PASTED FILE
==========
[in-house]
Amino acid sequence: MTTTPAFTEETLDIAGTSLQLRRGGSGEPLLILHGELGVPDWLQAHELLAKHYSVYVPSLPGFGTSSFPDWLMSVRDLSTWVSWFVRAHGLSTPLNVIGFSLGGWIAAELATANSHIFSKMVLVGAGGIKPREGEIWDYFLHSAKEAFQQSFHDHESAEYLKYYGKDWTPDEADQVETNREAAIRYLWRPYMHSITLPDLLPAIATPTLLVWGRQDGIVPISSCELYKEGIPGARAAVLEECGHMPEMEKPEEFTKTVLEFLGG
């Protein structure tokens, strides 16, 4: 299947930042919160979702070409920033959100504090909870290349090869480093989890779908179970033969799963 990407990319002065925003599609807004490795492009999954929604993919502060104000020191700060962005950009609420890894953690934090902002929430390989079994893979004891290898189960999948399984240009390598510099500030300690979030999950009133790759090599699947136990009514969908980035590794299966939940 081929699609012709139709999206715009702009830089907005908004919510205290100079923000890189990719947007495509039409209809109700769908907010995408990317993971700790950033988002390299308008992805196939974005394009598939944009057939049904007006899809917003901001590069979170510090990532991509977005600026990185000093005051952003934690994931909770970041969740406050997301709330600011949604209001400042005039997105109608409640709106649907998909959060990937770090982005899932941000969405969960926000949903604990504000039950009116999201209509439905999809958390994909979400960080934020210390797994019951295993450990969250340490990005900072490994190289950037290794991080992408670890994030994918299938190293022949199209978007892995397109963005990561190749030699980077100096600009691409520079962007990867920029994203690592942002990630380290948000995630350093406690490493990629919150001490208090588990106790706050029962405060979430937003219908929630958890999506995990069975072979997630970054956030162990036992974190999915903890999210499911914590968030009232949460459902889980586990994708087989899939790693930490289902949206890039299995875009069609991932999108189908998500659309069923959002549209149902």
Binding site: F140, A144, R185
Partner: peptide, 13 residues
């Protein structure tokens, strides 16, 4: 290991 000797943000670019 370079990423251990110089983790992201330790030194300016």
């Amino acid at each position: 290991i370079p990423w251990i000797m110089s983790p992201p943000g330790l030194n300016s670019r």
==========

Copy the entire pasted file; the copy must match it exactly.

[in-house]
Amino acid sequence: MTTTPAFTEETLDIAGTSLQLRRGGSGEPLLILHGELGVPDWLQAHELLAKHYSVYVPSLPGFGTSSFPDWLMSVRDLSTWVSWFVRAHGLSTPLNVIGFSLGGWIAAELATANSHIFSKMVLVGAGGIKPREGEIWDYFLHSAKEAFQQSFHDHESAEYLKYYGKDWTPDEADQVETNREAAIRYLWRPYMHSITLPDLLPAIATPTLLVWGRQDGIVPISSCELYKEGIPGARAAVLEECGHMPEMEKPEEFTKTVLEFLGG
């Protein structure tokens, strides 16, 4: 299947930042919160979702070409920033959100504090909870290349090869480093989890779908179970033969799963 990407990319002065925003599609807004490795492009999954929604993919502060104000020191700060962005950009609420890894953690934090902002929430390989079994893979004891290898189960999948399984240009390598510099500030300690979030999950009133790759090599699947136990009514969908980035590794299966939940 081929699609012709139709999206715009702009830089907005908004919510205290100079923000890189990719947007495509039409209809109700769908907010995408990317993971700790950033988002390299308008992805196939974005394009598939944009057939049904007006899809917003901001590069979170510090990532991509977005600026990185000093005051952003934690994931909770970041969740406050997301709330600011949604209001400042005039997105109608409640709106649907998909959060990937770090982005899932941000969405969960926000949903604990504000039950009116999201209509439905999809958390994909979400960080934020210390797994019951295993450990969250340490990005900072490994190289950037290794991080992408670890994030994918299938190293022949199209978007892995397109963005990561190749030699980077100096600009691409520079962007990867920029994203690592942002990630380290948000995630350093406690490493990629919150001490208090588990106790706050029962405060979430937003219908929630958890999506995990069975072979997630970054956030162990036992974190999915903890999210499911914590968030009232949460459902889980586990994708087989899939790693930490289902949206890039299995875009069609991932999108189908998500659309069923959002549209149902």
Binding site: F140, A144, R185
Partner: peptide, 13 residues
């Protein structure tokens, strides 16, 4: 290991 000797943000670019 370079990423251990110089983790992201330790030194300016």
């Amino acid at each position: 290991i370079p990423w251990i000797m110089s983790p992201p943000g330790l030194n300016s670019r």